JOHN GRIFFITHSNEWS Contributor
All those new homes under construction in Parksville have proven to be a magnet for thieves stealing appliances, tools and construction materials.
In fact, said the acting commander of the Oceanside RCMP, thefts from building sites very much contributed to a threefold increase in residential break-ins during the spring building boom.
Staff Sgt. Roger Plamondon reviewed his statistics with Parksville city council on Monday, showing residential break-ins increased from eight in spring 2015 to 24 in spring this year.
“We have identified one suspect and are getting evidence for possible charges,” he said.
In the same period, there was also a big increase in mischief affecting Parksville businesses. Only 21 such incidents were reported in spring 2015, compared with 76 business mischief investigations in the second quarter of this year.
Plamondon said part of the increase, however, is attributable to new mischief scoring methods that now include “loss of enjoyment” for the business owner, such as someone falling asleep in a bank or “someone canvassing for money” outside business premises.
Coun. Teresa Patterson said she had made several calls as a business owner for theft, mischief and vandalism and asked if any particular age bracket is responsible for most mischief reports.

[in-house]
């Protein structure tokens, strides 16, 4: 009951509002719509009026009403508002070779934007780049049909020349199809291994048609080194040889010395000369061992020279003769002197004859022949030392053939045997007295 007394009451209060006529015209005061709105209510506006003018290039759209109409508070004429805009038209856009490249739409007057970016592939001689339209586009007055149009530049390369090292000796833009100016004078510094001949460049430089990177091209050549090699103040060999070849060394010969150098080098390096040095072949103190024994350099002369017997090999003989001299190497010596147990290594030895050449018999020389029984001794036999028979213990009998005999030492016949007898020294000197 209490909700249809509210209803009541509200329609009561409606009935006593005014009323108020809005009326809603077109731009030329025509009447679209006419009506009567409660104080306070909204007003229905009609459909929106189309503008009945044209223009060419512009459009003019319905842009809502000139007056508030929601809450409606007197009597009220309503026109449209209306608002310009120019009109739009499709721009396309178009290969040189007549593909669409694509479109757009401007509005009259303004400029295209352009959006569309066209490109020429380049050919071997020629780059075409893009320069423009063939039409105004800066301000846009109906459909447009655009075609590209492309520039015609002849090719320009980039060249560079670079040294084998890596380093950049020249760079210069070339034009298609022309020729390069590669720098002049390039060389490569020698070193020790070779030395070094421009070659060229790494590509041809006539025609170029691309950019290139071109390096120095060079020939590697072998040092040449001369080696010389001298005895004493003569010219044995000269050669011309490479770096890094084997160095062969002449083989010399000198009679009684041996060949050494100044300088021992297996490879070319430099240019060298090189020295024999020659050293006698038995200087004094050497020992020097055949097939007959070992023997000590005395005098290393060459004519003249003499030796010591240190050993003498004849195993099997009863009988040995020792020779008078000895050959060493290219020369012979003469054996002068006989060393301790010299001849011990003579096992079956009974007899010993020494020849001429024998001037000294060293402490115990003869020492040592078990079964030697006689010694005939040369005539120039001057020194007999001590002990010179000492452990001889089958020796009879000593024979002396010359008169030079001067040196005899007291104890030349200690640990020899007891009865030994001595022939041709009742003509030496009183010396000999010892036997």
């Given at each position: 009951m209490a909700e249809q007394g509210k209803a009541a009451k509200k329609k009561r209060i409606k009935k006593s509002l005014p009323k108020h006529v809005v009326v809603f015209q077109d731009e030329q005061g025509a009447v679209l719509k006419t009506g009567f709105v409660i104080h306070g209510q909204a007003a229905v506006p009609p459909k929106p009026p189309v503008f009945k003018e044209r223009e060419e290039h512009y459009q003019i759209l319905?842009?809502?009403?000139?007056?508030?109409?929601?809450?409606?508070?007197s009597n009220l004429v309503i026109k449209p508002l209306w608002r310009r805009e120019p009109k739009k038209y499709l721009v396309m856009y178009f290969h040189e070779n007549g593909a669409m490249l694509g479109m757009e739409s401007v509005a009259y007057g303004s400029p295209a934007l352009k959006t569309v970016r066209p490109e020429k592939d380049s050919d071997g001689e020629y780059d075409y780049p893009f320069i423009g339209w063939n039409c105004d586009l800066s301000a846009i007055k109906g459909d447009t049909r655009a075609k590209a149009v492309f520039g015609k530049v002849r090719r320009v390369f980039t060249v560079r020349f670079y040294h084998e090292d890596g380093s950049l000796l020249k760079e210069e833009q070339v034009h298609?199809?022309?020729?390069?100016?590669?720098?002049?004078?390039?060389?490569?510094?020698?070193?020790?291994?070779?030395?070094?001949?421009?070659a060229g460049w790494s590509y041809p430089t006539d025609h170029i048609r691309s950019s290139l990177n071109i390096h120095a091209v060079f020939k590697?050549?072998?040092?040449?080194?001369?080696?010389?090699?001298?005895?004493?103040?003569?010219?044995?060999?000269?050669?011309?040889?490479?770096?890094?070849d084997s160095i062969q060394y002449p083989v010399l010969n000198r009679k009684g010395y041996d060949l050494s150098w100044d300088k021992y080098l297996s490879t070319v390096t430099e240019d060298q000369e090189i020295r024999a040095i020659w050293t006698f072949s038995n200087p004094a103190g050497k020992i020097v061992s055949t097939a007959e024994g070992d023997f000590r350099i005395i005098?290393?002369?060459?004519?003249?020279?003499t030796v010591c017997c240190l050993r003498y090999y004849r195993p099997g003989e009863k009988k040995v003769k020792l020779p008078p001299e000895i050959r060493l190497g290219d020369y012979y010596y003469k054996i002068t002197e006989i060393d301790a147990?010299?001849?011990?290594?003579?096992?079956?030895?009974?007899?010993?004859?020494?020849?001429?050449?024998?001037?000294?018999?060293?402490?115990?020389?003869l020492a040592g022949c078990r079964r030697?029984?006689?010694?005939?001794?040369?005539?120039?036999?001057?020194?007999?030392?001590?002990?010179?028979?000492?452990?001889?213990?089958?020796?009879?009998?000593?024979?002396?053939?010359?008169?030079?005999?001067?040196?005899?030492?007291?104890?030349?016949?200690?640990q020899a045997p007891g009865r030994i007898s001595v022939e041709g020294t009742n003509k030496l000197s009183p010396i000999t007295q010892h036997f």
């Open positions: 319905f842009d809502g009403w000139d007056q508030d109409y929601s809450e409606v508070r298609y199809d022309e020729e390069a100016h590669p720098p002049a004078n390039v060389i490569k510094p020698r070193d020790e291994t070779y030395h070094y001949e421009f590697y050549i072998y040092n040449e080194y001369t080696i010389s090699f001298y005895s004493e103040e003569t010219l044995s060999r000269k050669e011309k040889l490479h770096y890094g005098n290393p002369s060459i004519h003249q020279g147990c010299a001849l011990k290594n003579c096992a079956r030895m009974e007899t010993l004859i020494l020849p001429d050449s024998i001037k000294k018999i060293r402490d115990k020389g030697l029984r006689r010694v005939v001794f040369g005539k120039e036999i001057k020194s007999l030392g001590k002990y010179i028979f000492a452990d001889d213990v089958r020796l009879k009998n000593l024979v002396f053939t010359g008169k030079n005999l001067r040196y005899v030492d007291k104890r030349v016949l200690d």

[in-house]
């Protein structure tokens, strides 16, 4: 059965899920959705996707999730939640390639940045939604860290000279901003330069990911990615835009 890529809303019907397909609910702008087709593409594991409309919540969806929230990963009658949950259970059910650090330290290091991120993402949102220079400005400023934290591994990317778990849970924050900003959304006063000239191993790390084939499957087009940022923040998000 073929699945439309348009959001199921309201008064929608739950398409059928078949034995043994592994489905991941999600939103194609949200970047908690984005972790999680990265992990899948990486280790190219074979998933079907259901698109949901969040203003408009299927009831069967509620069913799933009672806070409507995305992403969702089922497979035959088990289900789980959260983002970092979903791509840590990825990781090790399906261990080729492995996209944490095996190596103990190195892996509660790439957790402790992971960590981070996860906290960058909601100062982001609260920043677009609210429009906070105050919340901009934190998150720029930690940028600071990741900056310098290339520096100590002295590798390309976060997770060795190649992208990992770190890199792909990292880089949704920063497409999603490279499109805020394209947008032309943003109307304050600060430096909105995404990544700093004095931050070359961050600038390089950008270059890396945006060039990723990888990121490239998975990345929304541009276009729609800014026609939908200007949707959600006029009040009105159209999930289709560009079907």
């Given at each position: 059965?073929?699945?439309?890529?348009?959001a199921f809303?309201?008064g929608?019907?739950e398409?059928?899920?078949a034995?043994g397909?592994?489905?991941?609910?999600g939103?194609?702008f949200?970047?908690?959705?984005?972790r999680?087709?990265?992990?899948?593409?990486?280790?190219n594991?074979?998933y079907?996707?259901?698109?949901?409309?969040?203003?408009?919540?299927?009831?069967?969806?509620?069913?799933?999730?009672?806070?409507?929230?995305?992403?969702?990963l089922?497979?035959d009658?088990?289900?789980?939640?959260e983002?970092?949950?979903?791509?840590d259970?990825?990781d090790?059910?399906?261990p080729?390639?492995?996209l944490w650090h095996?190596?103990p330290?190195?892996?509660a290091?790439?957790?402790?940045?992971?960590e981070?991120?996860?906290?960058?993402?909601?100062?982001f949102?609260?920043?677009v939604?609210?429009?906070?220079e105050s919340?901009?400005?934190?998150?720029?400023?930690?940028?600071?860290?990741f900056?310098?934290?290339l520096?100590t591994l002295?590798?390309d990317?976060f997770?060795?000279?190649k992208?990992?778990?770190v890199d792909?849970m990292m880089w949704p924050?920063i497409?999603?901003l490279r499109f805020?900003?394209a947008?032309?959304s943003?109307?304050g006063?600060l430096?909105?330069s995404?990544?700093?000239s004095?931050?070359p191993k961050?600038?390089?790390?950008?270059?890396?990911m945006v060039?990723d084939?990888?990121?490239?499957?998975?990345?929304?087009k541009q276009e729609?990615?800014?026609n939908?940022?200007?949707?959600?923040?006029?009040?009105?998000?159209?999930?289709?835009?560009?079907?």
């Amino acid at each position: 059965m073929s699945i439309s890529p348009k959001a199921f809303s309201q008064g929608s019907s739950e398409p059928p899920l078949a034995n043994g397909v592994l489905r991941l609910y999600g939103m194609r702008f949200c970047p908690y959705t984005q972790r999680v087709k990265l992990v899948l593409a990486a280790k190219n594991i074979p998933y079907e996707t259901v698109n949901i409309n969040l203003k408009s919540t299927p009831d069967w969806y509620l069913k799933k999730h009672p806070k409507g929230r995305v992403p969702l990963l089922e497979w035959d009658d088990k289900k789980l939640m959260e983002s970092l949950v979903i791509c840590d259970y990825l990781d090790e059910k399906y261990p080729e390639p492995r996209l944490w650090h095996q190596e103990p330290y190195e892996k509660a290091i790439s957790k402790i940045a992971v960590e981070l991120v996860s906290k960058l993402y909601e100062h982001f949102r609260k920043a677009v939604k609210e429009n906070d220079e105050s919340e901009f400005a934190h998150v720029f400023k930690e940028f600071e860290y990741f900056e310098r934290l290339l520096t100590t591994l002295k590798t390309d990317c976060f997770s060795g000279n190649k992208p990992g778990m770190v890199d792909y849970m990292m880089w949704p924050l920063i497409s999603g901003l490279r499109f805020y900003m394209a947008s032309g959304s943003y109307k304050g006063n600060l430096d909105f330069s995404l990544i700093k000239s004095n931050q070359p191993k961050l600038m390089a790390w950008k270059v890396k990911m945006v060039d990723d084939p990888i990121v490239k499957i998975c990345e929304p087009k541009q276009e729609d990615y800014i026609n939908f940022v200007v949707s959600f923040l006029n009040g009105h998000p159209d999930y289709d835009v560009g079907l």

The staff sergeant replied that the majority of such offences arise in the downtown and beach areas. They involve “transients varying in age” who often disperse before police arrive to investigate.
Coun. Leanne Salter asked what the police can do if someone has simply fallen asleep in the doorway of a bank.
“In those particular cases, where they are not committing an offence, we have a conversation and try to get some details,” said Plamondon. “We query those individuals. When there are no warrants or records we ask them to move on. If they are in need of social services we refer them.”
Although drug related statistics remained unchanged at 31 cases in spring of both 2015 and 2016, Coun. Sue Powell wanted to know what, if anything, the local RCMP detachment is doing to prepare for fentanyl overdoses now reaching epidemic proportions across Canada.
“This is being examined very closely,” Plamondon concurred. He raised concern that the emerging, synthetic opioid W-18 is even 100 times more potent than fentanyl and that police forces are exploring ideas of equipping their officers with antidote nasal spray in hopes of reducing fatalities.
On a more positive note, the staff sergeant’s report to council showed a significant decrease in Parksville in speeding and other provincial traffic offences. There were 520 such offences this spring compared with 761 for the same quarter last year.